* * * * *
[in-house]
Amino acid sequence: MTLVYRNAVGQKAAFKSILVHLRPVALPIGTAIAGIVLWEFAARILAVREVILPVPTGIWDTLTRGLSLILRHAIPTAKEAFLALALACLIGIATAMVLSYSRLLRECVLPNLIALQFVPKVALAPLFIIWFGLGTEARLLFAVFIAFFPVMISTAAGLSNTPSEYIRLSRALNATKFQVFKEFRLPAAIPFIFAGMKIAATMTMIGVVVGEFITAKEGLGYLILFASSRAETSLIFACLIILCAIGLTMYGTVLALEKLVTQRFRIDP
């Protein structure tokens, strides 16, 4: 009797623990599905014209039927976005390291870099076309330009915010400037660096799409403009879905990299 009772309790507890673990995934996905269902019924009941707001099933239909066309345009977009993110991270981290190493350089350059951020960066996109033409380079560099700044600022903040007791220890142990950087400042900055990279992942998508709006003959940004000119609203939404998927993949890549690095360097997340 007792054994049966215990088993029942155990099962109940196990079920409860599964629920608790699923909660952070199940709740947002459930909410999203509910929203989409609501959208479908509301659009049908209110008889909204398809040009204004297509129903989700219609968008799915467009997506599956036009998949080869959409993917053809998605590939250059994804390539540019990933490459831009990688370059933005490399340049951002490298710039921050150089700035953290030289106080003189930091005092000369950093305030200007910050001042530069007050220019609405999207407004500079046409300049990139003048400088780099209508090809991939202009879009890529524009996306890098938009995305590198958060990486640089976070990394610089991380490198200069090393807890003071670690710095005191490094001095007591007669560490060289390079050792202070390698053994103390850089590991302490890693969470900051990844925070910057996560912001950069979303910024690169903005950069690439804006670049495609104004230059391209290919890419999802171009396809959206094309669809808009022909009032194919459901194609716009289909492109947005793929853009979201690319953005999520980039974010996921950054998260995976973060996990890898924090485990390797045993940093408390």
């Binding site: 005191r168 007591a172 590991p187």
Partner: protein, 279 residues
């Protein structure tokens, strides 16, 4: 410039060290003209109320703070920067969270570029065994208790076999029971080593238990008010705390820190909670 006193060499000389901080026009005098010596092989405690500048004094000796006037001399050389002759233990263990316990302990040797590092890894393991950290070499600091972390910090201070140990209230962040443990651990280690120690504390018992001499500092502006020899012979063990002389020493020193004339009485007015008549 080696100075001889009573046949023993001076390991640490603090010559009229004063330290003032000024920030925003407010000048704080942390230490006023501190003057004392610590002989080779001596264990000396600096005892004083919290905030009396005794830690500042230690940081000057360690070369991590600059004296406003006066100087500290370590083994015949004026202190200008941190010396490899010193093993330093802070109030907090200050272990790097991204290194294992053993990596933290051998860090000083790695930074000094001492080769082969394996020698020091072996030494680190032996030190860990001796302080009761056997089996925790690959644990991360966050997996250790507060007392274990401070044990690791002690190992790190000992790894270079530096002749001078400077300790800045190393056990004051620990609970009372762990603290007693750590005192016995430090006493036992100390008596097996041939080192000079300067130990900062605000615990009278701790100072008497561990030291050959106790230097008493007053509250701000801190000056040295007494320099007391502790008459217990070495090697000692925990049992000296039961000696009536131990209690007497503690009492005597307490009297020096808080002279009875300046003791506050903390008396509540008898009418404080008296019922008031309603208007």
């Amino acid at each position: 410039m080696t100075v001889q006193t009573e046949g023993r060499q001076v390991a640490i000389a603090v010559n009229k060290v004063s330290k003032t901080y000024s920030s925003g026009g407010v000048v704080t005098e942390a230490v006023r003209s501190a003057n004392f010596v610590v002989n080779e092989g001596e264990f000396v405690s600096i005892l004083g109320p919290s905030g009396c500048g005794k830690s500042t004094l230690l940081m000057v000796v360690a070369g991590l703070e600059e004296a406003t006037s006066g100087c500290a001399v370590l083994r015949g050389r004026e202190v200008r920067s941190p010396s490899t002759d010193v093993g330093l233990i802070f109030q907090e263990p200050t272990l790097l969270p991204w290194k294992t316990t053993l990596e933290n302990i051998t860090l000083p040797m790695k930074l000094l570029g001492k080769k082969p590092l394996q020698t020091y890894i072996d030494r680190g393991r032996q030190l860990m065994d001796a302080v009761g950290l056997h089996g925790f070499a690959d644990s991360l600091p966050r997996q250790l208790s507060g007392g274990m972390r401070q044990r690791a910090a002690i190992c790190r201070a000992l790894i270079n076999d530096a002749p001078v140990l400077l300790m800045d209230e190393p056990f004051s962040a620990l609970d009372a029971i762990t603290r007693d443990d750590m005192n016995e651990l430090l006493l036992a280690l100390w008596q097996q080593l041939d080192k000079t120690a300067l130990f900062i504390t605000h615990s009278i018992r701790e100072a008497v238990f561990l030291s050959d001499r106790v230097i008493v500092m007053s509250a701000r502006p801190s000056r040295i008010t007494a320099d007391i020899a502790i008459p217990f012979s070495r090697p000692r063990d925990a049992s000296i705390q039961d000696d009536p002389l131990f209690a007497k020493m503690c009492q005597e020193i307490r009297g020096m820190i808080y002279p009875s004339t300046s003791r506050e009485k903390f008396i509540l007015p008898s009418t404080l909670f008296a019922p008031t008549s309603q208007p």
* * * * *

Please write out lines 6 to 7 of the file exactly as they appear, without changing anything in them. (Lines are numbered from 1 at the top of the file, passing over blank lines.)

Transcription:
């Protein structure tokens, strides 16, 4: 410039060290003209109320703070920067969270570029065994208790076999029971080593238990008010705390820190909670 006193060499000389901080026009005098010596092989405690500048004094000796006037001399050389002759233990263990316990302990040797590092890894393991950290070499600091972390910090201070140990209230962040443990651990280690120690504390018992001499500092502006020899012979063990002389020493020193004339009485007015008549 080696100075001889009573046949023993001076390991640490603090010559009229004063330290003032000024920030925003407010000048704080942390230490006023501190003057004392610590002989080779001596264990000396600096005892004083919290905030009396005794830690500042230690940081000057360690070369991590600059004296406003006066100087500290370590083994015949004026202190200008941190010396490899010193093993330093802070109030907090200050272990790097991204290194294992053993990596933290051998860090000083790695930074000094001492080769082969394996020698020091072996030494680190032996030190860990001796302080009761056997089996925790690959644990991360966050997996250790507060007392274990401070044990690791002690190992790190000992790894270079530096002749001078400077300790800045190393056990004051620990609970009372762990603290007693750590005192016995430090006493036992100390008596097996041939080192000079300067130990900062605000615990009278701790100072008497561990030291050959106790230097008493007053509250701000801190000056040295007494320099007391502790008459217990070495090697000692925990049992000296039961000696009536131990209690007497503690009492005597307490009297020096808080002279009875300046003791506050903390008396509540008898009418404080008296019922008031309603208007």
């Amino acid at each position: 410039m080696t100075v001889q006193t009573e046949g023993r060499q001076v390991a640490i000389a603090v010559n009229k060290v004063s330290k003032t901080y000024s920030s925003g026009g407010v000048v704080t005098e942390a230490v006023r003209s501190a003057n004392f010596v610590v002989n080779e092989g001596e264990f000396v405690s600096i005892l004083g109320p919290s905030g009396c500048g005794k830690s500042t004094l230690l940081m000057v000796v360690a070369g991590l703070e600059e004296a406003t006037s006066g100087c500290a001399v370590l083994r015949g050389r004026e202190v200008r920067s941190p010396s490899t002759d010193v093993g330093l233990i802070f109030q907090e263990p200050t272990l790097l969270p991204w290194k294992t316990t053993l990596e933290n302990i051998t860090l000083p040797m790695k930074l000094l570029g001492k080769k082969p590092l394996q020698t020091y890894i072996d030494r680190g393991r032996q030190l860990m065994d001796a302080v009761g950290l056997h089996g925790f070499a690959d644990s991360l600091p966050r997996q250790l208790s507060g007392g274990m972390r401070q044990r690791a910090a002690i190992c790190r201070a000992l790894i270079n076999d530096a002749p001078v140990l400077l300790m800045d209230e190393p056990f004051s962040a620990l609970d009372a029971i762990t603290r007693d443990d750590m005192n016995e651990l430090l006493l036992a280690l100390w008596q097996q080593l041939d080192k000079t120690a300067l130990f900062i504390t605000h615990s009278i018992r701790e100072a008497v238990f561990l030291s050959d001499r106790v230097i008493v500092m007053s509250a701000r502006p801190s000056r040295i008010t007494a320099d007391i020899a502790i008459p217990f012979s070495r090697p000692r063990d925990a049992s000296i705390q039961d000696d009536p002389l131990f209690a007497k020493m503690c009492q005597e020193i307490r009297g020096m820190i808080y002279p009875s004339t300046s003791r506050e009485k903390f008396i509540l007015p008898s009418t404080l909670f008296a019922p008031t008549s309603q208007p």